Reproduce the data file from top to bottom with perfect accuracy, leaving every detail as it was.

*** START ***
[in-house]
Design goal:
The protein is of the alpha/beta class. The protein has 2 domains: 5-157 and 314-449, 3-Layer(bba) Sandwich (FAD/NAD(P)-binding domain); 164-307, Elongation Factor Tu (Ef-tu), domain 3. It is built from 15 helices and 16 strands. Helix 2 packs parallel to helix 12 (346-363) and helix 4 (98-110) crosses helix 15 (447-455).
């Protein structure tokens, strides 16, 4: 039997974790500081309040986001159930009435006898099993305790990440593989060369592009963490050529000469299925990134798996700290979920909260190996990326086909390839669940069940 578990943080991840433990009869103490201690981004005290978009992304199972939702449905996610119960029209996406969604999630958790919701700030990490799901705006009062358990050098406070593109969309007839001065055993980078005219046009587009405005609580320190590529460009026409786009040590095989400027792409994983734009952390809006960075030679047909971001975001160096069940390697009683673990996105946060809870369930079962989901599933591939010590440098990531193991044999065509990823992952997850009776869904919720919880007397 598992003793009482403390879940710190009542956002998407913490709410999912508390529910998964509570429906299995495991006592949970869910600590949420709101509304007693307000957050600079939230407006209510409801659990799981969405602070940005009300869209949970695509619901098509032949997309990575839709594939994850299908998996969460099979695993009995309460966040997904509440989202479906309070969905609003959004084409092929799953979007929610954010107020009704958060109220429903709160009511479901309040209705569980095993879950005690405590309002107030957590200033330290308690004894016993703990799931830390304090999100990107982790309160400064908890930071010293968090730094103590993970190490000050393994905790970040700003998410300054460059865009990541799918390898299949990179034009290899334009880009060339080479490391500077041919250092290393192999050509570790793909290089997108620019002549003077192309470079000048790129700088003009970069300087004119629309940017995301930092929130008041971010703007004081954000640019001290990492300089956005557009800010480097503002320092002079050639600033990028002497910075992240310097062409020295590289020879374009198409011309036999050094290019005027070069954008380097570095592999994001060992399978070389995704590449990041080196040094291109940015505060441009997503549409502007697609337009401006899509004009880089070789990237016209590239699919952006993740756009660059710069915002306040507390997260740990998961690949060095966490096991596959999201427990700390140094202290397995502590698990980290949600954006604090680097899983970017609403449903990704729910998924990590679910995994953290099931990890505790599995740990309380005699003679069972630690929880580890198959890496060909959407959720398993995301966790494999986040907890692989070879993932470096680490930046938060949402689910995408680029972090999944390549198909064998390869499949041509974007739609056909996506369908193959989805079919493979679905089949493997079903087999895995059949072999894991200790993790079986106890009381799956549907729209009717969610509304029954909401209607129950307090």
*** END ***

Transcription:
[in-house]
Design goal:
The protein is of the alpha/beta class. The protein has 2 domains: 5-157 and 314-449, 3-Layer(bba) Sandwich (FAD/NAD(P)-binding domain); 164-307, Elongation Factor Tu (Ef-tu), domain 3. It is built from 15 helices and 16 strands. Helix 2 packs parallel to helix 12 (346-363) and helix 4 (98-110) crosses helix 15 (447-455).
């Protein structure tokens, strides 16, 4: 039997974790500081309040986001159930009435006898099993305790990440593989060369592009963490050529000469299925990134798996700290979920909260190996990326086909390839669940069940 578990943080991840433990009869103490201690981004005290978009992304199972939702449905996610119960029209996406969604999630958790919701700030990490799901705006009062358990050098406070593109969309007839001065055993980078005219046009587009405005609580320190590529460009026409786009040590095989400027792409994983734009952390809006960075030679047909971001975001160096069940390697009683673990996105946060809870369930079962989901599933591939010590440098990531193991044999065509990823992952997850009776869904919720919880007397 598992003793009482403390879940710190009542956002998407913490709410999912508390529910998964509570429906299995495991006592949970869910600590949420709101509304007693307000957050600079939230407006209510409801659990799981969405602070940005009300869209949970695509619901098509032949997309990575839709594939994850299908998996969460099979695993009995309460966040997904509440989202479906309070969905609003959004084409092929799953979007929610954010107020009704958060109220429903709160009511479901309040209705569980095993879950005690405590309002107030957590200033330290308690004894016993703990799931830390304090999100990107982790309160400064908890930071010293968090730094103590993970190490000050393994905790970040700003998410300054460059865009990541799918390898299949990179034009290899334009880009060339080479490391500077041919250092290393192999050509570790793909290089997108620019002549003077192309470079000048790129700088003009970069300087004119629309940017995301930092929130008041971010703007004081954000640019001290990492300089956005557009800010480097503002320092002079050639600033990028002497910075992240310097062409020295590289020879374009198409011309036999050094290019005027070069954008380097570095592999994001060992399978070389995704590449990041080196040094291109940015505060441009997503549409502007697609337009401006899509004009880089070789990237016209590239699919952006993740756009660059710069915002306040507390997260740990998961690949060095966490096991596959999201427990700390140094202290397995502590698990980290949600954006604090680097899983970017609403449903990704729910998924990590679910995994953290099931990890505790599995740990309380005699003679069972630690929880580890198959890496060909959407959720398993995301966790494999986040907890692989070879993932470096680490930046938060949402689910995408680029972090999944390549198909064998390869499949041509974007739609056909996506369908193959989805079919493979679905089949493997079903087999895995059949072999894991200790993790079986106890009381799956549907729209009717969610509304029954909401209607129950307090």